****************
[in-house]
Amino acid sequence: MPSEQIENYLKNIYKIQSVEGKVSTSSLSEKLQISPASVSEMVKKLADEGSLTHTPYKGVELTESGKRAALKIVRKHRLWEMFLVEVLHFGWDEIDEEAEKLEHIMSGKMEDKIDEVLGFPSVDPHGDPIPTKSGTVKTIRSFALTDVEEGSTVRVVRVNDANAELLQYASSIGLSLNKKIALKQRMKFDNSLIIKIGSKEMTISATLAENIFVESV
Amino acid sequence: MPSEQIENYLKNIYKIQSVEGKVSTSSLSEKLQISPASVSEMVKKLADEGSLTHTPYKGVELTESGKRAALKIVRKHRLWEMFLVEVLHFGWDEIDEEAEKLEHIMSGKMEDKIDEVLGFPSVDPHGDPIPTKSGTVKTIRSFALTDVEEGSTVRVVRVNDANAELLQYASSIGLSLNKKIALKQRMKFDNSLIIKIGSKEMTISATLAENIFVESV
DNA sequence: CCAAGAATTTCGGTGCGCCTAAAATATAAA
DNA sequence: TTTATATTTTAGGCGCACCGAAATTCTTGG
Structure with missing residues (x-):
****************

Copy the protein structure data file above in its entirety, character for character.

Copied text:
[in-house]
Amino acid sequence: MPSEQIENYLKNIYKIQSVEGKVSTSSLSEKLQISPASVSEMVKKLADEGSLTHTPYKGVELTESGKRAALKIVRKHRLWEMFLVEVLHFGWDEIDEEAEKLEHIMSGKMEDKIDEVLGFPSVDPHGDPIPTKSGTVKTIRSFALTDVEEGSTVRVVRVNDANAELLQYASSIGLSLNKKIALKQRMKFDNSLIIKIGSKEMTISATLAENIFVESV
Amino acid sequence: MPSEQIENYLKNIYKIQSVEGKVSTSSLSEKLQISPASVSEMVKKLADEGSLTHTPYKGVELTESGKRAALKIVRKHRLWEMFLVEVLHFGWDEIDEEAEKLEHIMSGKMEDKIDEVLGFPSVDPHGDPIPTKSGTVKTIRSFALTDVEEGSTVRVVRVNDANAELLQYASSIGLSLNKKIALKQRMKFDNSLIIKIGSKEMTISATLAENIFVESV
DNA sequence: CCAAGAATTTCGGTGCGCCTAAAATATAAA
DNA sequence: TTTATATTTTAGGCGCACCGAAATTCTTGG
Structure with missing residues (x-):